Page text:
The ballot sheets being printed ahead of the polling day for the European elections on 26th May shows that Britain’s next delegation of 71 MEPs is likely to be a wild jumble of representatives from different parties.
The question keeps returning: What's next with Brexit? If the UK would like to opt for an Art. 50 extension, it will first have to ask the European Council where all 27 Member States would have to agree unanimously. The British Government undertook and takes a long walk from fantasy to reality...
Every European country has its semi-fictional national story, typically manufactured sometime in the 19th Century by a group of romantic intellectuals. Britain has been used to devastating effect in recent years to splinter off from the rest of the EU.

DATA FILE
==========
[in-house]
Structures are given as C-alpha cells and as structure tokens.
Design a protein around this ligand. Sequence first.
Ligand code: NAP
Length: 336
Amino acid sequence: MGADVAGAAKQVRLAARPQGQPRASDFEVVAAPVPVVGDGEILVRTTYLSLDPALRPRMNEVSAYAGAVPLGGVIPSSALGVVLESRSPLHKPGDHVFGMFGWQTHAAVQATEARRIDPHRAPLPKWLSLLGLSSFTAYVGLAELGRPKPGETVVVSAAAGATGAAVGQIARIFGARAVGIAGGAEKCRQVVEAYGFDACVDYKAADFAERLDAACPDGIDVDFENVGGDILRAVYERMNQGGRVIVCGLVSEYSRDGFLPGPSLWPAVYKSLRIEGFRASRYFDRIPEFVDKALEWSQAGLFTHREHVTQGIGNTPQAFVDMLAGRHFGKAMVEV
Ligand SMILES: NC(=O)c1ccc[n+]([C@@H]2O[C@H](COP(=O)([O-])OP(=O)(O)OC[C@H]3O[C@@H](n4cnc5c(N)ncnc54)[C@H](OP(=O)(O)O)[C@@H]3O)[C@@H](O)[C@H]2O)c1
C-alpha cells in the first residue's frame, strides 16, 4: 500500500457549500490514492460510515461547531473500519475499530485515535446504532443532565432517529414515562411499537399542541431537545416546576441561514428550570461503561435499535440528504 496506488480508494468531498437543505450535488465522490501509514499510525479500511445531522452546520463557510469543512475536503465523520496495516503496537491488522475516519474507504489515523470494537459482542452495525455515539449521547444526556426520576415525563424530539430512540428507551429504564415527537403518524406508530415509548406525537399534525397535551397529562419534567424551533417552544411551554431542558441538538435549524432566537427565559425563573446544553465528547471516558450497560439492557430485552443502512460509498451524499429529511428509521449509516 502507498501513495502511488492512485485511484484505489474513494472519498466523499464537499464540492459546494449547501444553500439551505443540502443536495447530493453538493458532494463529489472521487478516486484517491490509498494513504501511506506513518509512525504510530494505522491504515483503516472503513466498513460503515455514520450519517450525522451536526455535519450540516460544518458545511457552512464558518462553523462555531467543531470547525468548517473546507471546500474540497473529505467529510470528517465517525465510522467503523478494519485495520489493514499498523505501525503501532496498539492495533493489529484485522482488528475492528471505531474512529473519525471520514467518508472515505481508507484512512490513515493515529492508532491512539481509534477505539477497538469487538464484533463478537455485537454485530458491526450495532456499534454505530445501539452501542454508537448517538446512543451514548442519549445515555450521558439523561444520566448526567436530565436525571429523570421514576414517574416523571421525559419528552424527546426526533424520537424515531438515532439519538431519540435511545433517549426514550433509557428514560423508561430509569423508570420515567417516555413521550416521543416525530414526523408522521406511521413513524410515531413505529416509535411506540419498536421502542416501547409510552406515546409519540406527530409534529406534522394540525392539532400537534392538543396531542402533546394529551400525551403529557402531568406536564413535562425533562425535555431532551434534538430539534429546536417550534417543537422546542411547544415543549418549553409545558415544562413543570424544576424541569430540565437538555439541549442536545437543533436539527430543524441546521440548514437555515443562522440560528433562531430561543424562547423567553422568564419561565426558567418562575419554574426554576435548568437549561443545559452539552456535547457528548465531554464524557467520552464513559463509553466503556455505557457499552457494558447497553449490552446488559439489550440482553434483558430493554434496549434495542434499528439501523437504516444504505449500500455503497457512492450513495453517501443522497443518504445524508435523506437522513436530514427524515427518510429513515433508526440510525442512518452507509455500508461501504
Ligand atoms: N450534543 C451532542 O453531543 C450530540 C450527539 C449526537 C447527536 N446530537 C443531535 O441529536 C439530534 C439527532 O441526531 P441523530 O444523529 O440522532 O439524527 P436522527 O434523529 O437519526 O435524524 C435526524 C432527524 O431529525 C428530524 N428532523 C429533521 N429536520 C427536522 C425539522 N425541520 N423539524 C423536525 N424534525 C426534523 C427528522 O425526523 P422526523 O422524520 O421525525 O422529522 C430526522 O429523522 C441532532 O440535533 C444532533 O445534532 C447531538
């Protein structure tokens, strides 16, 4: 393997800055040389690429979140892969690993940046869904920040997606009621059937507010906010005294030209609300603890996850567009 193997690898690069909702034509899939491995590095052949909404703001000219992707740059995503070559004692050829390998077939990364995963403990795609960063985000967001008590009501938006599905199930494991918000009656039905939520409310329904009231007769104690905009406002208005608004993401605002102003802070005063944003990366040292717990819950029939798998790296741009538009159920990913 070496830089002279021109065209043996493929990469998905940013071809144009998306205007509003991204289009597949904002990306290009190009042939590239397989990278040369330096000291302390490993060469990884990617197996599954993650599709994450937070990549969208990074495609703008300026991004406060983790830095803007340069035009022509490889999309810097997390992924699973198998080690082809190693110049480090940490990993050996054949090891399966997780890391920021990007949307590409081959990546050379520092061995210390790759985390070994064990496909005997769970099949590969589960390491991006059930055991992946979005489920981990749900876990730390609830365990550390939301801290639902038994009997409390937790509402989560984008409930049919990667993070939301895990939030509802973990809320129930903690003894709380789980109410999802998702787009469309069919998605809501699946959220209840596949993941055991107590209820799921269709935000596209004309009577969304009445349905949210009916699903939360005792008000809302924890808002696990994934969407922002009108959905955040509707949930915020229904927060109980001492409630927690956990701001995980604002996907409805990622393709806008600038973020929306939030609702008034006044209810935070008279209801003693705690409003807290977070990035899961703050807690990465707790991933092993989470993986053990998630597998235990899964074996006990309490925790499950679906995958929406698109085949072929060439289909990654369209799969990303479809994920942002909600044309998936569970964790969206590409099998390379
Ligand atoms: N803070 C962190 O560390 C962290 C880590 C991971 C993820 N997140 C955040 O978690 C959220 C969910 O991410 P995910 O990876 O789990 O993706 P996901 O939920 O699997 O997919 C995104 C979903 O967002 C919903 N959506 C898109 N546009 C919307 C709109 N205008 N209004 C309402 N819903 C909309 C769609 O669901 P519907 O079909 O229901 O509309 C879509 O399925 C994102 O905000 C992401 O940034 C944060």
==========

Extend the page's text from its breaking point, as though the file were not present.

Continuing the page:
The UK is witnessing a drastic leadership vacuum - just when the opposite is needed most. Tory and Labour party are divided but there is hope given the multiple new civil organisations pop up on the Remain side.
Negotiations around Brexit are ongoing and many topics remain foggy. Three key issues still have to be solved such as ‘the divorce bill’ – the financial settling of accounts on the part of the British Government, the question regarding the border between Northern Ireland and the Republic of Ireland, as well as the rights of EU citizens post-Brexit.